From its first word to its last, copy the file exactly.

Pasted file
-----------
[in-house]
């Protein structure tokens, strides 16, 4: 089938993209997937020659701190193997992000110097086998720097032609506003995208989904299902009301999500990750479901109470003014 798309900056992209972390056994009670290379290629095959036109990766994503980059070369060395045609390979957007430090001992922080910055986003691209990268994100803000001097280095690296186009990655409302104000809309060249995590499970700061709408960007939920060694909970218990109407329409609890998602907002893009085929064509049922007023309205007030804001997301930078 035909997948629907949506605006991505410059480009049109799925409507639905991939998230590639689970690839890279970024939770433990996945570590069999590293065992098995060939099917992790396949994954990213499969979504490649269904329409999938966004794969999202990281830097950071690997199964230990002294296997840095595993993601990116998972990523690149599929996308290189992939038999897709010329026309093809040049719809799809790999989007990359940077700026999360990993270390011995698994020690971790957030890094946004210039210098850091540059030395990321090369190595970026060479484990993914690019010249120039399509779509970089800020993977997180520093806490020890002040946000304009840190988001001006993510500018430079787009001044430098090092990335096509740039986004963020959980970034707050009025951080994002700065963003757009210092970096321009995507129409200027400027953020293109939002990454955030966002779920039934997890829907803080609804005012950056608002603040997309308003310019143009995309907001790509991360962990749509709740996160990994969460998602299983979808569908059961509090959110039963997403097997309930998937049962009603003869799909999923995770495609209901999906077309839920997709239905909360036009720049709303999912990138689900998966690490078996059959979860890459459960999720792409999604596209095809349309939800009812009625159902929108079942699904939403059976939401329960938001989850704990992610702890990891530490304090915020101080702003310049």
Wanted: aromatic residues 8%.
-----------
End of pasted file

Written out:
[in-house]
């Protein structure tokens, strides 16, 4: 089938993209997937020659701190193997992000110097086998720097032609506003995208989904299902009301999500990750479901109470003014 798309900056992209972390056994009670290379290629095959036109990766994503980059070369060395045609390979957007430090001992922080910055986003691209990268994100803000001097280095690296186009990655409302104000809309060249995590499970700061709408960007939920060694909970218990109407329409609890998602907002893009085929064509049922007023309205007030804001997301930078 035909997948629907949506605006991505410059480009049109799925409507639905991939998230590639689970690839890279970024939770433990996945570590069999590293065992098995060939099917992790396949994954990213499969979504490649269904329409999938966004794969999202990281830097950071690997199964230990002294296997840095595993993601990116998972990523690149599929996308290189992939038999897709010329026309093809040049719809799809790999989007990359940077700026999360990993270390011995698994020690971790957030890094946004210039210098850091540059030395990321090369190595970026060479484990993914690019010249120039399509779509970089800020993977997180520093806490020890002040946000304009840190988001001006993510500018430079787009001044430098090092990335096509740039986004963020959980970034707050009025951080994002700065963003757009210092970096321009995507129409200027400027953020293109939002990454955030966002779920039934997890829907803080609804005012950056608002603040997309308003310019143009995309907001790509991360962990749509709740996160990994969460998602299983979808569908059961509090959110039963997403097997309930998937049962009603003869799909999923995770495609209901999906077309839920997709239905909360036009720049709303999912990138689900998966690490078996059959979860890459459960999720792409999604596209095809349309939800009812009625159902929108079942699904939403059976939401329960938001989850704990992610702890990891530490304090915020101080702003310049």
Wanted: aromatic residues 8%.